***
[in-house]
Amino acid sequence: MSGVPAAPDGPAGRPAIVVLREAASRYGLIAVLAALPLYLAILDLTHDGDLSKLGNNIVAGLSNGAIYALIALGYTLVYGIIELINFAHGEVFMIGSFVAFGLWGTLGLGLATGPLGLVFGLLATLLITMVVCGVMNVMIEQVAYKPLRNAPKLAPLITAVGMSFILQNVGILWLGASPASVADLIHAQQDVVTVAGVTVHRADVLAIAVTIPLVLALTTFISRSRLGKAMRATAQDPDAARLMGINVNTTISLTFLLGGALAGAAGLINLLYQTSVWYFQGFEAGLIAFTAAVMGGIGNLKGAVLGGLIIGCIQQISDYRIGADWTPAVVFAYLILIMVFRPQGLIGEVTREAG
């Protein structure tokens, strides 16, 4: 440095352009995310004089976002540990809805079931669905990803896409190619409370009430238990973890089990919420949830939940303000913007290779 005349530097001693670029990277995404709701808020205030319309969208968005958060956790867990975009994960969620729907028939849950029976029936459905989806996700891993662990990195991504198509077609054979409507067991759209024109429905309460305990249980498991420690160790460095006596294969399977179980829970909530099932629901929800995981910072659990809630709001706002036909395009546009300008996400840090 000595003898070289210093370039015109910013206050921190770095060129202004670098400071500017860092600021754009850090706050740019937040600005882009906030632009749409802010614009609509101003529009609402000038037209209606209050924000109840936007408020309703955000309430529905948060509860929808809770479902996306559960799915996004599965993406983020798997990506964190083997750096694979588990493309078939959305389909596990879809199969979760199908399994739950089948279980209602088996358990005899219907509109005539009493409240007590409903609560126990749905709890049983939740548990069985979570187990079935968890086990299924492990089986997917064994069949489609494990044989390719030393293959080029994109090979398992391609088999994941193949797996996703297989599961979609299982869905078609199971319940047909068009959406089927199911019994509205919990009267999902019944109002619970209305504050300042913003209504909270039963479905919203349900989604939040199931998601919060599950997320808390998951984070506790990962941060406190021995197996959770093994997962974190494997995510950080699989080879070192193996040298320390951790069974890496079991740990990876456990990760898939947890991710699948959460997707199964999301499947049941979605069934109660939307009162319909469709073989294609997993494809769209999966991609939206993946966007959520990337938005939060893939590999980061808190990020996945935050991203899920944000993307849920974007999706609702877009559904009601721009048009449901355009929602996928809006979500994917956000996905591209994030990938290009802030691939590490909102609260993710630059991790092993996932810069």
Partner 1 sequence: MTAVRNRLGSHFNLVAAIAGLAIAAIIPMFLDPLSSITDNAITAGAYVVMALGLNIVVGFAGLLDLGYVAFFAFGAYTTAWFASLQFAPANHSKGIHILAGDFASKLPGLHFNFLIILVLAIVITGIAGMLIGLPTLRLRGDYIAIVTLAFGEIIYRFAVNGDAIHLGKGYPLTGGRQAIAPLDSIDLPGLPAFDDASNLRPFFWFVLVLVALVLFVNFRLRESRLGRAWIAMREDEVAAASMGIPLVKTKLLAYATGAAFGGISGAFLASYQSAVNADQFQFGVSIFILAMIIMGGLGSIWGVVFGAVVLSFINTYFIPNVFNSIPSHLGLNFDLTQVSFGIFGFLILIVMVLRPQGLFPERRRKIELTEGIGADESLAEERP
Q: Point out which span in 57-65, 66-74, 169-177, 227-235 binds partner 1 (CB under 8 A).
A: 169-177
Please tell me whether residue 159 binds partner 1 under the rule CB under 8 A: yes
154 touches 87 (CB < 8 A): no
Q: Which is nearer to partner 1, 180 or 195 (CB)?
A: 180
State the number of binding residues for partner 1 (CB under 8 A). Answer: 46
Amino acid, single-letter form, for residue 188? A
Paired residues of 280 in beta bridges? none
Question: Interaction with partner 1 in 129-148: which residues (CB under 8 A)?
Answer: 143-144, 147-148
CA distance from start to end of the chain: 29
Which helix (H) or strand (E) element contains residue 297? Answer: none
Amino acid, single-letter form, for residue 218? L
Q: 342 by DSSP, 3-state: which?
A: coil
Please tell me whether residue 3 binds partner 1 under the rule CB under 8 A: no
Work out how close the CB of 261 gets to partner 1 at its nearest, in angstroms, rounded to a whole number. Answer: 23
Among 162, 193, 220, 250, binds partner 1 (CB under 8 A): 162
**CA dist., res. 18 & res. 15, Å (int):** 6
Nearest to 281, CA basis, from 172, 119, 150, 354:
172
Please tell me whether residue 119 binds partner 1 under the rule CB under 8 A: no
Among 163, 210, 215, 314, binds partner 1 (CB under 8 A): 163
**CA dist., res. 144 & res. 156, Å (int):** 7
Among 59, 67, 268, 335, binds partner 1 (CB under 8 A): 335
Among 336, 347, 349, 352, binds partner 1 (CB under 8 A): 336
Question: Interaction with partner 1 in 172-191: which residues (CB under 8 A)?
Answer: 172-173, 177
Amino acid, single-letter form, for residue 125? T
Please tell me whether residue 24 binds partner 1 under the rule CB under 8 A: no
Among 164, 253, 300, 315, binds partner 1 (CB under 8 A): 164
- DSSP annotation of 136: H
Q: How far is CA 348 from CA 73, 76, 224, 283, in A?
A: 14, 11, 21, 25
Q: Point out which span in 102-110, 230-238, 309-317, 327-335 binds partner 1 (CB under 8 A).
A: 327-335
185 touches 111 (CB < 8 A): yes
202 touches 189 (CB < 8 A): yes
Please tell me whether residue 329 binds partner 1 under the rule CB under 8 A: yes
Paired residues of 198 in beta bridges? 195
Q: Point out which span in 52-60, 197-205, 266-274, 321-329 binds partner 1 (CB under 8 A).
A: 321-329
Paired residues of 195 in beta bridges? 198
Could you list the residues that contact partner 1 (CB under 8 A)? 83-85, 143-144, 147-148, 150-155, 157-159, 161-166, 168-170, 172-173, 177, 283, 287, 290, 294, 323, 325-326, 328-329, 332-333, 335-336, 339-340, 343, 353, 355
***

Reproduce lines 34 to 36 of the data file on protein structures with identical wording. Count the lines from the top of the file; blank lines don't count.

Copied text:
Amino acid, single-letter form, for residue 125? T
Please tell me whether residue 24 binds partner 1 under the rule CB under 8 A: no
Among 164, 253, 300, 315, binds partner 1 (CB under 8 A): 164